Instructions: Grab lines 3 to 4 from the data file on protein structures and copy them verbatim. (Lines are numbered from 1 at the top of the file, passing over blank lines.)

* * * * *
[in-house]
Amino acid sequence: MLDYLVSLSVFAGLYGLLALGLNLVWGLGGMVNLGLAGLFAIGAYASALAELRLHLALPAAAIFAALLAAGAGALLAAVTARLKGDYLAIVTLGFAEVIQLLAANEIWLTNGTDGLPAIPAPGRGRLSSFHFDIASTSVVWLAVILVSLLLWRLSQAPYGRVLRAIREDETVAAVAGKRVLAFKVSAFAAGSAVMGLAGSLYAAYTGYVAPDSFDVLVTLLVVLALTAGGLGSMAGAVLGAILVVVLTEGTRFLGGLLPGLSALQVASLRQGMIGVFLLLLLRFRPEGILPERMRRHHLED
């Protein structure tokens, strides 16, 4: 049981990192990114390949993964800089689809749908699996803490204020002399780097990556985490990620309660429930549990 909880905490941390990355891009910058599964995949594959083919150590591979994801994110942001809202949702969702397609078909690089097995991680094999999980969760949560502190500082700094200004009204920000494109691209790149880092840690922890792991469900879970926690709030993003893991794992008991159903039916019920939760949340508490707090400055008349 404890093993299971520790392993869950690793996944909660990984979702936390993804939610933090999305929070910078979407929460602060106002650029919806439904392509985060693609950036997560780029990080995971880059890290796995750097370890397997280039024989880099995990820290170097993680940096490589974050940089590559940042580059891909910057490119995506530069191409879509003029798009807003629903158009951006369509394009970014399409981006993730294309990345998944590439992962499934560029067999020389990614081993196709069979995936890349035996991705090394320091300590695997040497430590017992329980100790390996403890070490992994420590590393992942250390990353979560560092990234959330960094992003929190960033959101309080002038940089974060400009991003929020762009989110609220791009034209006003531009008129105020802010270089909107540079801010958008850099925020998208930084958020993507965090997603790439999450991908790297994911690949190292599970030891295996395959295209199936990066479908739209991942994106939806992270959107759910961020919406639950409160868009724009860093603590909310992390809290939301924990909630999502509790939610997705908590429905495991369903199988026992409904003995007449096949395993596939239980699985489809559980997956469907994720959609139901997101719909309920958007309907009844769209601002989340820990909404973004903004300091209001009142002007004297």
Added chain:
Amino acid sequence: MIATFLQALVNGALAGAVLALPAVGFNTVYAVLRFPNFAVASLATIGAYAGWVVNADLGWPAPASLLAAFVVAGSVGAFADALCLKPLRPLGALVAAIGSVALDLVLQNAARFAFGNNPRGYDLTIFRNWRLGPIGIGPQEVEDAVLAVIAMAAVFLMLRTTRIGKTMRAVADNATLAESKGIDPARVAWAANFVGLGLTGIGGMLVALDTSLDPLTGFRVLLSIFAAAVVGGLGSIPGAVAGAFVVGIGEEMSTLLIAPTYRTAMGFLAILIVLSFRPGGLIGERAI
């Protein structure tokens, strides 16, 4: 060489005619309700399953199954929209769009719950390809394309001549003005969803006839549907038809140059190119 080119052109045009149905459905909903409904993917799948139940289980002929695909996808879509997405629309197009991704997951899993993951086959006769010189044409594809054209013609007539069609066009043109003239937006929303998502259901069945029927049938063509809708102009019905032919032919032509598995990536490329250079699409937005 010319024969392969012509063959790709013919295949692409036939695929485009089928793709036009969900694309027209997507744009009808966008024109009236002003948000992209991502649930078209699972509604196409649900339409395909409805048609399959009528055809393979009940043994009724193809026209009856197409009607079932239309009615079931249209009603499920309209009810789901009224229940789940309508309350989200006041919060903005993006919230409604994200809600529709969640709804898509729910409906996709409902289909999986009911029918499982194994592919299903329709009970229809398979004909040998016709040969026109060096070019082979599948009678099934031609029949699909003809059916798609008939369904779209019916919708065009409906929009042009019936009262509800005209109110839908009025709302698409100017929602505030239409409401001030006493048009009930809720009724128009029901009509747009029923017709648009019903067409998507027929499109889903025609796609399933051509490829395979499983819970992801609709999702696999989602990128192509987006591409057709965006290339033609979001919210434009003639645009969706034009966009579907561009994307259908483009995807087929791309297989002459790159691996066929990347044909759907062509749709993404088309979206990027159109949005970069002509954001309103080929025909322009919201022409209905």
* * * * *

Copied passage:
């Protein structure tokens, strides 16, 4: 049981990192990114390949993964800089689809749908699996803490204020002399780097990556985490990620309660429930549990 909880905490941390990355891009910058599964995949594959083919150590591979994801994110942001809202949702969702397609078909690089097995991680094999999980969760949560502190500082700094200004009204920000494109691209790149880092840690922890792991469900879970926690709030993003893991794992008991159903039916019920939760949340508490707090400055008349 404890093993299971520790392993869950690793996944909660990984979702936390993804939610933090999305929070910078979407929460602060106002650029919806439904392509985060693609950036997560780029990080995971880059890290796995750097370890397997280039024989880099995990820290170097993680940096490589974050940089590559940042580059891909910057490119995506530069191409879509003029798009807003629903158009951006369509394009970014399409981006993730294309990345998944590439992962499934560029067999020389990614081993196709069979995936890349035996991705090394320091300590695997040497430590017992329980100790390996403890070490992994420590590393992942250390990353979560560092990234959330960094992003929190960033959101309080002038940089974060400009991003929020762009989110609220791009034209006003531009008129105020802010270089909107540079801010958008850099925020998208930084958020993507965090997603790439999450991908790297994911690949190292599970030891295996395959295209199936990066479908739209991942994106939806992270959107759910961020919406639950409160868009724009860093603590909310992390809290939301924990909630999502509790939610997705908590429905495991369903199988026992409904003995007449096949395993596939239980699985489809559980997956469907994720959609139901997101719909309920958007309907009844769209601002989340820990909404973004903004300091209001009142002007004297």
Added chain: